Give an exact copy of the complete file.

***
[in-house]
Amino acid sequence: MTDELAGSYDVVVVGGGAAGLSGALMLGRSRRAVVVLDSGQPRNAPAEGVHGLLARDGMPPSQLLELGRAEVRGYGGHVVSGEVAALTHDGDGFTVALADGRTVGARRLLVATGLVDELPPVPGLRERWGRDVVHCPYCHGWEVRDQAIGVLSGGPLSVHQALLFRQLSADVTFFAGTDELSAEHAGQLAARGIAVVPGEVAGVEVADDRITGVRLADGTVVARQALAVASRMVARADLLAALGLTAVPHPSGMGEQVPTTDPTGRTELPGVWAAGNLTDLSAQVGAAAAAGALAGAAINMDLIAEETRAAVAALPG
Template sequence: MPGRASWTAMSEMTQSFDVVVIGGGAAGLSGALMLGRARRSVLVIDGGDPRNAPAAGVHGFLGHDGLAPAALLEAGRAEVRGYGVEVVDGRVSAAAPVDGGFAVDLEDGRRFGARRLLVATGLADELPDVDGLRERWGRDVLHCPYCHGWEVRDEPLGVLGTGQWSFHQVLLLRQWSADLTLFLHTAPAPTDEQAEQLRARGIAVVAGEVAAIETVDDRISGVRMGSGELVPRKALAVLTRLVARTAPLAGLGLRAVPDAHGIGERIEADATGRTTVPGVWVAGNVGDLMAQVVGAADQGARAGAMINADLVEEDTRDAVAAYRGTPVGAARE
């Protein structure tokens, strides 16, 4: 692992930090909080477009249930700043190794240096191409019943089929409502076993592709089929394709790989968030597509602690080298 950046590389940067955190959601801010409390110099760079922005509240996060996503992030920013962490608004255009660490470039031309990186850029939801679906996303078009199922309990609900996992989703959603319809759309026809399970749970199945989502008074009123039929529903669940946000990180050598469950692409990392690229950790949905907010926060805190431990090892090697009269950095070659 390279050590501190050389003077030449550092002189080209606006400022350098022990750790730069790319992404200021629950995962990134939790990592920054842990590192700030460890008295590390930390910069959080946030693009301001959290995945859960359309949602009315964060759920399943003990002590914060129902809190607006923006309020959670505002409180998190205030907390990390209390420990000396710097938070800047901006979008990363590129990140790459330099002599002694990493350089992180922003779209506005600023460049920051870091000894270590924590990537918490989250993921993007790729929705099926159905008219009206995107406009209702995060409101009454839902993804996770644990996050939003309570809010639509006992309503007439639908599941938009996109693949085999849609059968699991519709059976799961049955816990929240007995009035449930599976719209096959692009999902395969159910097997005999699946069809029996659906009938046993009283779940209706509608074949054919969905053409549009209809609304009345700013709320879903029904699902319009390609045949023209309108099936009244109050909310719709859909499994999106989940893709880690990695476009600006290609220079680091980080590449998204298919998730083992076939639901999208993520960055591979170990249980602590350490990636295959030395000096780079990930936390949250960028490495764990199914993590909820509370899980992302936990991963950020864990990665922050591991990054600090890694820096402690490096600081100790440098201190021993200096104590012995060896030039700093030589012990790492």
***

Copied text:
[in-house]
Amino acid sequence: MTDELAGSYDVVVVGGGAAGLSGALMLGRSRRAVVVLDSGQPRNAPAEGVHGLLARDGMPPSQLLELGRAEVRGYGGHVVSGEVAALTHDGDGFTVALADGRTVGARRLLVATGLVDELPPVPGLRERWGRDVVHCPYCHGWEVRDQAIGVLSGGPLSVHQALLFRQLSADVTFFAGTDELSAEHAGQLAARGIAVVPGEVAGVEVADDRITGVRLADGTVVARQALAVASRMVARADLLAALGLTAVPHPSGMGEQVPTTDPTGRTELPGVWAAGNLTDLSAQVGAAAAAGALAGAAINMDLIAEETRAAVAALPG
Template sequence: MPGRASWTAMSEMTQSFDVVVIGGGAAGLSGALMLGRARRSVLVIDGGDPRNAPAAGVHGFLGHDGLAPAALLEAGRAEVRGYGVEVVDGRVSAAAPVDGGFAVDLEDGRRFGARRLLVATGLADELPDVDGLRERWGRDVLHCPYCHGWEVRDEPLGVLGTGQWSFHQVLLLRQWSADLTLFLHTAPAPTDEQAEQLRARGIAVVAGEVAAIETVDDRISGVRMGSGELVPRKALAVLTRLVARTAPLAGLGLRAVPDAHGIGERIEADATGRTTVPGVWVAGNVGDLMAQVVGAADQGARAGAMINADLVEEDTRDAVAAYRGTPVGAARE
């Protein structure tokens, strides 16, 4: 692992930090909080477009249930700043190794240096191409019943089929409502076993592709089929394709790989968030597509602690080298 950046590389940067955190959601801010409390110099760079922005509240996060996503992030920013962490608004255009660490470039031309990186850029939801679906996303078009199922309990609900996992989703959603319809759309026809399970749970199945989502008074009123039929529903669940946000990180050598469950692409990392690229950790949905907010926060805190431990090892090697009269950095070659 390279050590501190050389003077030449550092002189080209606006400022350098022990750790730069790319992404200021629950995962990134939790990592920054842990590192700030460890008295590390930390910069959080946030693009301001959290995945859960359309949602009315964060759920399943003990002590914060129902809190607006923006309020959670505002409180998190205030907390990390209390420990000396710097938070800047901006979008990363590129990140790459330099002599002694990493350089992180922003779209506005600023460049920051870091000894270590924590990537918490989250993921993007790729929705099926159905008219009206995107406009209702995060409101009454839902993804996770644990996050939003309570809010639509006992309503007439639908599941938009996109693949085999849609059968699991519709059976799961049955816990929240007995009035449930599976719209096959692009999902395969159910097997005999699946069809029996659906009938046993009283779940209706509608074949054919969905053409549009209809609304009345700013709320879903029904699902319009390609045949023209309108099936009244109050909310719709859909499994999106989940893709880690990695476009600006290609220079680091980080590449998204298919998730083992076939639901999208993520960055591979170990249980602590350490990636295959030395000096780079990930936390949250960028490495764990199914993590909820509370899980992302936990991963950020864990990665922050591991990054600090890694820096402690490096600081100790440098201190021993200096104590012995060896030039700093030589012990790492």